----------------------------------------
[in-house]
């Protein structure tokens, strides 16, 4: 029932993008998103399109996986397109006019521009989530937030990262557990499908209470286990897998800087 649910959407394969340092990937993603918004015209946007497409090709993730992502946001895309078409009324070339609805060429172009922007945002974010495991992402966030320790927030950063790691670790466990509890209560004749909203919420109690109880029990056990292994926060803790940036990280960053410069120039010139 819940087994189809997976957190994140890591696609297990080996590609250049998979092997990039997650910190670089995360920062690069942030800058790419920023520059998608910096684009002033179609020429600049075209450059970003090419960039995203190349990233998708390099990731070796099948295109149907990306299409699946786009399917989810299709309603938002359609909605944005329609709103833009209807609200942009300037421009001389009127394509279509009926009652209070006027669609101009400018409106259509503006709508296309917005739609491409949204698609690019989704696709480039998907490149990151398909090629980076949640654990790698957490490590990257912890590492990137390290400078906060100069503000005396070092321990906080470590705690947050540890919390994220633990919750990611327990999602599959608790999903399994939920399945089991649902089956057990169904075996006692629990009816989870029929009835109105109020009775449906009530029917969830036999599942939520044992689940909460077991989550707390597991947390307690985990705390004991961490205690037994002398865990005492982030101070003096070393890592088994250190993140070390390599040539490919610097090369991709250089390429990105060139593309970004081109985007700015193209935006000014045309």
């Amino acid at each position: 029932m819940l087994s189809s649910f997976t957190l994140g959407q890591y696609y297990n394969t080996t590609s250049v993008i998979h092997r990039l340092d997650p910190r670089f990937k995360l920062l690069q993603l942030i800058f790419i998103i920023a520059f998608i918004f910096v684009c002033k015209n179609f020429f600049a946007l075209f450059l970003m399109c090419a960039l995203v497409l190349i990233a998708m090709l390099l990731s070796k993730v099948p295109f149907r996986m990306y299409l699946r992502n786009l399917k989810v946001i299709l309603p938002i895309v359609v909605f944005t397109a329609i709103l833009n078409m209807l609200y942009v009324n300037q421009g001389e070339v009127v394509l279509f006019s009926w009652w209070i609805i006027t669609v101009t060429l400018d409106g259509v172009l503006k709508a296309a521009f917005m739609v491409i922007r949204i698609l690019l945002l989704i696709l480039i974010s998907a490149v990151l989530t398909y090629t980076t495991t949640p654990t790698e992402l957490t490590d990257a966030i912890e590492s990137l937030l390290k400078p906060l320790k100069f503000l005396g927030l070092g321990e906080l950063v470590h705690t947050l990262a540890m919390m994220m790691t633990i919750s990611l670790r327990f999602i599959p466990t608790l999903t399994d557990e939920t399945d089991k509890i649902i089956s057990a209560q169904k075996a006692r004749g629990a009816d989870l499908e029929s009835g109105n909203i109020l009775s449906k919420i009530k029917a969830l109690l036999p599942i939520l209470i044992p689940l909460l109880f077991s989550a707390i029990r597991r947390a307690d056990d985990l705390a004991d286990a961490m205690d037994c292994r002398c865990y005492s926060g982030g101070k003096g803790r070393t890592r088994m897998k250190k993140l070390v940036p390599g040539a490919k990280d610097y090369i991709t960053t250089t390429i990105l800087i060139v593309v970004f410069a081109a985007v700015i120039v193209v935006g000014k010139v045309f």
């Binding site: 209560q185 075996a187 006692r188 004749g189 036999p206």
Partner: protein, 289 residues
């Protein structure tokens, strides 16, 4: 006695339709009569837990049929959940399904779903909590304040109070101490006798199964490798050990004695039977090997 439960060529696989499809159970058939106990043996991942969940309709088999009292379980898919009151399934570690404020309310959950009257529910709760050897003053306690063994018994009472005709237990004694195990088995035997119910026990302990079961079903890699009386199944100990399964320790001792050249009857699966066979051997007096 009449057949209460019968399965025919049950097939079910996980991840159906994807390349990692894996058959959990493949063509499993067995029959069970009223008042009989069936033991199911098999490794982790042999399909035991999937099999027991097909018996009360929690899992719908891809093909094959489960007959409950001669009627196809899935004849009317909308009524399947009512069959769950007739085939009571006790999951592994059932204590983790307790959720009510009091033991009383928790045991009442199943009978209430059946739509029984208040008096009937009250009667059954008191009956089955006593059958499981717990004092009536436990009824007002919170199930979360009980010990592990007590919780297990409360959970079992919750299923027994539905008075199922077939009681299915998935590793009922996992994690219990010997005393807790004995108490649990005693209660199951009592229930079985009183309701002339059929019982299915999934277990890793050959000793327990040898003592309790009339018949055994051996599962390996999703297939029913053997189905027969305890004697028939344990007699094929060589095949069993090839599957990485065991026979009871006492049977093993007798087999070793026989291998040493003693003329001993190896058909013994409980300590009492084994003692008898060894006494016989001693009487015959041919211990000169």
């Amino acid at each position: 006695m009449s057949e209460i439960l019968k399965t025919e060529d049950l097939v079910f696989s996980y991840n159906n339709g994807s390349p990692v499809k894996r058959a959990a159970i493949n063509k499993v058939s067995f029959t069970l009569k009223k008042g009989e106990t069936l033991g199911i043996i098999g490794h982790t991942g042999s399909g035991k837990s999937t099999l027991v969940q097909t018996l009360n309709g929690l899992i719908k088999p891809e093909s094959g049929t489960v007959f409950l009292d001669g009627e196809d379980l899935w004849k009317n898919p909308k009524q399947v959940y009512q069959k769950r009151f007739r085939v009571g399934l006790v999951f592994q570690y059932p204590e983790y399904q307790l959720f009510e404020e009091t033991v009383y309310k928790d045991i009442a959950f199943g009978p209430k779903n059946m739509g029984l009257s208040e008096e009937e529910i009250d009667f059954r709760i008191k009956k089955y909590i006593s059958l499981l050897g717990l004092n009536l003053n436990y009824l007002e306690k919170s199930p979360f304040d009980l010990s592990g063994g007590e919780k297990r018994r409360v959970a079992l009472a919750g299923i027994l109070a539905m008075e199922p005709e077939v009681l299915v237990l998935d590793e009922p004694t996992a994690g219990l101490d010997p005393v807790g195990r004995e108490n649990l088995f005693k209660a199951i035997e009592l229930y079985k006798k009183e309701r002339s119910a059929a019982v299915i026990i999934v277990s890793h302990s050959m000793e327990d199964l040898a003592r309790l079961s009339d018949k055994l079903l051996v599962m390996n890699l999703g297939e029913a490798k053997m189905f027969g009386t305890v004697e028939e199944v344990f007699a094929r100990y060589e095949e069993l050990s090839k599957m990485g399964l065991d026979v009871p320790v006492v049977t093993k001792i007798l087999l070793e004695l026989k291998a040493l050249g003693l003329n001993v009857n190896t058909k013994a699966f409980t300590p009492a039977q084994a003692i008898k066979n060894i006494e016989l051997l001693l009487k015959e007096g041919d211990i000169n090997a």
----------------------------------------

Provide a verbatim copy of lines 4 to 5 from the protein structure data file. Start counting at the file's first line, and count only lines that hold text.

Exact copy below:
């Binding site: 209560q185 075996a187 006692r188 004749g189 036999p206």
Partner: protein, 289 residues